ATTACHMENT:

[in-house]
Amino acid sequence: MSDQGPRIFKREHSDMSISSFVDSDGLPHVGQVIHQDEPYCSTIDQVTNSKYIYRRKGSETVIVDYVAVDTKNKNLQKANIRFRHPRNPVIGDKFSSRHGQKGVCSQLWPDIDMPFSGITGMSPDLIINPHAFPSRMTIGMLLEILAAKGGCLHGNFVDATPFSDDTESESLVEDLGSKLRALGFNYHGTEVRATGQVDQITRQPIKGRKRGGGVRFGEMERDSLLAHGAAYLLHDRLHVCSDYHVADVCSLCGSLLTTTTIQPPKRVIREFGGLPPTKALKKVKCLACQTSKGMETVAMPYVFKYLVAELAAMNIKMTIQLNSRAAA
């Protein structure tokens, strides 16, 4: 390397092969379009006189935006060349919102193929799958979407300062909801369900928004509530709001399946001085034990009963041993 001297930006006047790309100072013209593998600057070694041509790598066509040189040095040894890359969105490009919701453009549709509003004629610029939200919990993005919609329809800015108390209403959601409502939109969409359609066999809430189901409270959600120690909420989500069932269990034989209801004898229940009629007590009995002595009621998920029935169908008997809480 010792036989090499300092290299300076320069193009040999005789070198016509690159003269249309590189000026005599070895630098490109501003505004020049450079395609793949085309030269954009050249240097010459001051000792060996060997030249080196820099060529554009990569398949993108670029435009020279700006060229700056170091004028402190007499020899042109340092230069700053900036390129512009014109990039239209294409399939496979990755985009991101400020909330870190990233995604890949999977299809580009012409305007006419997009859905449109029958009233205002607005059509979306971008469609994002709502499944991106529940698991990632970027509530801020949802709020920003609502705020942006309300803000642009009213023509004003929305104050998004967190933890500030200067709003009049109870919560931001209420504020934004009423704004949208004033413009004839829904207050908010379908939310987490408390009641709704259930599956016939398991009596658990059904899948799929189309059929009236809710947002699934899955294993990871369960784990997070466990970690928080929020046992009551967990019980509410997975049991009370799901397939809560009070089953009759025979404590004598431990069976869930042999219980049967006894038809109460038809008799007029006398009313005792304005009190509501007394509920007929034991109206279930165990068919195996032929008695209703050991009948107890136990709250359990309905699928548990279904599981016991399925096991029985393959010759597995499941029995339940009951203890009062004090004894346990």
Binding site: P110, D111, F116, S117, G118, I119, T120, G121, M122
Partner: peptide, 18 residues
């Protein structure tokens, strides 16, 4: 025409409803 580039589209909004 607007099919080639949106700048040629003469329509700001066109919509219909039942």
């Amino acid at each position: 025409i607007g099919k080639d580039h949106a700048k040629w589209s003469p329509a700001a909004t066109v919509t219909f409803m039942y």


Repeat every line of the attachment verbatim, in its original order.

[in-house]
Amino acid sequence: MSDQGPRIFKREHSDMSISSFVDSDGLPHVGQVIHQDEPYCSTIDQVTNSKYIYRRKGSETVIVDYVAVDTKNKNLQKANIRFRHPRNPVIGDKFSSRHGQKGVCSQLWPDIDMPFSGITGMSPDLIINPHAFPSRMTIGMLLEILAAKGGCLHGNFVDATPFSDDTESESLVEDLGSKLRALGFNYHGTEVRATGQVDQITRQPIKGRKRGGGVRFGEMERDSLLAHGAAYLLHDRLHVCSDYHVADVCSLCGSLLTTTTIQPPKRVIREFGGLPPTKALKKVKCLACQTSKGMETVAMPYVFKYLVAELAAMNIKMTIQLNSRAAA
């Protein structure tokens, strides 16, 4: 390397092969379009006189935006060349919102193929799958979407300062909801369900928004509530709001399946001085034990009963041993 001297930006006047790309100072013209593998600057070694041509790598066509040189040095040894890359969105490009919701453009549709509003004629610029939200919990993005919609329809800015108390209403959601409502939109969409359609066999809430189901409270959600120690909420989500069932269990034989209801004898229940009629007590009995002595009621998920029935169908008997809480 010792036989090499300092290299300076320069193009040999005789070198016509690159003269249309590189000026005599070895630098490109501003505004020049450079395609793949085309030269954009050249240097010459001051000792060996060997030249080196820099060529554009990569398949993108670029435009020279700006060229700056170091004028402190007499020899042109340092230069700053900036390129512009014109990039239209294409399939496979990755985009991101400020909330870190990233995604890949999977299809580009012409305007006419997009859905449109029958009233205002607005059509979306971008469609994002709502499944991106529940698991990632970027509530801020949802709020920003609502705020942006309300803000642009009213023509004003929305104050998004967190933890500030200067709003009049109870919560931001209420504020934004009423704004949208004033413009004839829904207050908010379908939310987490408390009641709704259930599956016939398991009596658990059904899948799929189309059929009236809710947002699934899955294993990871369960784990997070466990970690928080929020046992009551967990019980509410997975049991009370799901397939809560009070089953009759025979404590004598431990069976869930042999219980049967006894038809109460038809008799007029006398009313005792304005009190509501007394509920007929034991109206279930165990068919195996032929008695209703050991009948107890136990709250359990309905699928548990279904599981016991399925096991029985393959010759597995499941029995339940009951203890009062004090004894346990």
Binding site: P110, D111, F116, S117, G118, I119, T120, G121, M122
Partner: peptide, 18 residues
């Protein structure tokens, strides 16, 4: 025409409803 580039589209909004 607007099919080639949106700048040629003469329509700001066109919509219909039942």
């Amino acid at each position: 025409i607007g099919k080639d580039h949106a700048k040629w589209s003469p329509a700001a909004t066109v919509t219909f409803m039942y």